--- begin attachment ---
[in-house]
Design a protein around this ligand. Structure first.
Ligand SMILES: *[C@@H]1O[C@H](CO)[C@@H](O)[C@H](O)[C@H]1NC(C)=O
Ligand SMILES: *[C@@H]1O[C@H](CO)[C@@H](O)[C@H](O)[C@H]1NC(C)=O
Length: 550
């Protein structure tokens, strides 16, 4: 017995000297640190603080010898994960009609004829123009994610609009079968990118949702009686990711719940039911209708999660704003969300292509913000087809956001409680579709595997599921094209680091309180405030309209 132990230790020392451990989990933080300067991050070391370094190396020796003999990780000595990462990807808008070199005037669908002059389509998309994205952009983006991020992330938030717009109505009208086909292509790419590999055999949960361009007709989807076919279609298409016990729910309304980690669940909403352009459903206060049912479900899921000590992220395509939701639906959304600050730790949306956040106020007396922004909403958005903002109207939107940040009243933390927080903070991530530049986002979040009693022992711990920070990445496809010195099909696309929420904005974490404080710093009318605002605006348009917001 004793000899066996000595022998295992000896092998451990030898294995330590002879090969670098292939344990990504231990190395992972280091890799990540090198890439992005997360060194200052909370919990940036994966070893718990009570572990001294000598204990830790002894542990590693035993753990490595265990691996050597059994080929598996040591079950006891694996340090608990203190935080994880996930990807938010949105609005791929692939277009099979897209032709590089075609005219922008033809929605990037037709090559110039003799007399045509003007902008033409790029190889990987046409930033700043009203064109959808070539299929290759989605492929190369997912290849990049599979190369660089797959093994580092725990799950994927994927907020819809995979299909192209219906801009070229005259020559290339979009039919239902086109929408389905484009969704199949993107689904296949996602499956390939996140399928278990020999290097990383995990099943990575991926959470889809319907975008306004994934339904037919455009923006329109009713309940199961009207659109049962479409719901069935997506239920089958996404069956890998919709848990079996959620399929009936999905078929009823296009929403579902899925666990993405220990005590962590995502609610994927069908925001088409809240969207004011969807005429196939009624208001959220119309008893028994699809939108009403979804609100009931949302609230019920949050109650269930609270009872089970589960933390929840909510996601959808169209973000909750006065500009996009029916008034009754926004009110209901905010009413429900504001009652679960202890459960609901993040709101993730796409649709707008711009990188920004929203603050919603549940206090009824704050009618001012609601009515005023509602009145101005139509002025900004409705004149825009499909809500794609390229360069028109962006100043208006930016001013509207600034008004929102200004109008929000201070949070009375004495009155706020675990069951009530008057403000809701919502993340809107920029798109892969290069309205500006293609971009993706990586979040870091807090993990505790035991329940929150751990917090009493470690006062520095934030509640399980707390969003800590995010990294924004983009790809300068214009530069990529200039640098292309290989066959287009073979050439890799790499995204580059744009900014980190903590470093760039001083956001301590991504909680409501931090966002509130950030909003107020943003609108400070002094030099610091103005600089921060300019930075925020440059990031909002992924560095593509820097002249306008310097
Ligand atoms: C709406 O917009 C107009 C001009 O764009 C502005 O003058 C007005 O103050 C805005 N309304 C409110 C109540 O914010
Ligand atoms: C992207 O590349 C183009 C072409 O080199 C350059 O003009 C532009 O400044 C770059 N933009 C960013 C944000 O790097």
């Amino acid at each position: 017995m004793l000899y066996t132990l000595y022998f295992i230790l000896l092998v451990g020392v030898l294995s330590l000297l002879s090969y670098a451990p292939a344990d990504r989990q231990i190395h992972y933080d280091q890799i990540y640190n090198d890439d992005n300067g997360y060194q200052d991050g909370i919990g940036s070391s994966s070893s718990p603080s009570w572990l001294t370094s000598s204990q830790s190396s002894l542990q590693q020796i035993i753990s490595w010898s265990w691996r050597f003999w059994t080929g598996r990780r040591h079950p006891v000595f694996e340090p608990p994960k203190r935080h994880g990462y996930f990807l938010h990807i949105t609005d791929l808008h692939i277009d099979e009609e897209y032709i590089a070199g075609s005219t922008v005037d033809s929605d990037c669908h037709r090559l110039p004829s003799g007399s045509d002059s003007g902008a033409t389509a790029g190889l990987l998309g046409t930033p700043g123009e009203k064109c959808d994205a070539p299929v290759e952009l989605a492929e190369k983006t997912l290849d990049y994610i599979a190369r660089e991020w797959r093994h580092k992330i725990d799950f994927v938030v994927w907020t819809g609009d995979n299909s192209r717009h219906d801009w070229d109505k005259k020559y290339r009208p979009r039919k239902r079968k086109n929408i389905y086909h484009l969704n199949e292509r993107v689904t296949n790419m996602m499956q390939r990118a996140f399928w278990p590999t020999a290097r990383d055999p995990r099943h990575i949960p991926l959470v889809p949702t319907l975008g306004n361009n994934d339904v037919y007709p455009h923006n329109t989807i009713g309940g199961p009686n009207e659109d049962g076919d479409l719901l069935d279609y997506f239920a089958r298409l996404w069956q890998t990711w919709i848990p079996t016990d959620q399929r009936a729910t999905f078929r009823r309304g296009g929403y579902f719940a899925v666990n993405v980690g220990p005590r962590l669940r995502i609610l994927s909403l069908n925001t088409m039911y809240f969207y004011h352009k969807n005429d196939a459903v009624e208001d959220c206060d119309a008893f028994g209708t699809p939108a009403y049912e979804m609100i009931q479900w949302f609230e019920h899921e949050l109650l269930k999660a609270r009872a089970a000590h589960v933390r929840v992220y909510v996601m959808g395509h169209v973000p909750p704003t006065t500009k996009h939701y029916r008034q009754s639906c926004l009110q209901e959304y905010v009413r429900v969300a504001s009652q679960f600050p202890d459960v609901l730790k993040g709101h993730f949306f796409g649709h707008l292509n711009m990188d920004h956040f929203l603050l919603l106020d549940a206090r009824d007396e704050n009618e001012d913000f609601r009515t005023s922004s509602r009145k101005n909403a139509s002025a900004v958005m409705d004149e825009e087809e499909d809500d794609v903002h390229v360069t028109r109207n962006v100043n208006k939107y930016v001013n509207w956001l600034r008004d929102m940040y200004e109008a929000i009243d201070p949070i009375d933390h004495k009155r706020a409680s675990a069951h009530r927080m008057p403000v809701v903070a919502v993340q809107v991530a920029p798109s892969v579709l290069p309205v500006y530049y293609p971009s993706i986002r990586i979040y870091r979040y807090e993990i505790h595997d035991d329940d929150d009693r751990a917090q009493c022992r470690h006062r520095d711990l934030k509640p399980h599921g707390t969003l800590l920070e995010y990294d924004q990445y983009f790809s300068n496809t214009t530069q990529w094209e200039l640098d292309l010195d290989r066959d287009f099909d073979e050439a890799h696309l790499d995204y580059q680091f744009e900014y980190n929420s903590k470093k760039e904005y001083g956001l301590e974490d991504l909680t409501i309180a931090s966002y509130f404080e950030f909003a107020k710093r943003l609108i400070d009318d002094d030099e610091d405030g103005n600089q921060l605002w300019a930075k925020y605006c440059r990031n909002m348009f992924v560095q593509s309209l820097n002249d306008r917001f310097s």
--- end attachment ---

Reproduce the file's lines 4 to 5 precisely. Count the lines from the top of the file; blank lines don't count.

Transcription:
Ligand SMILES: *[C@@H]1O[C@H](CO)[C@@H](O)[C@H](O)[C@H]1NC(C)=O
Length: 550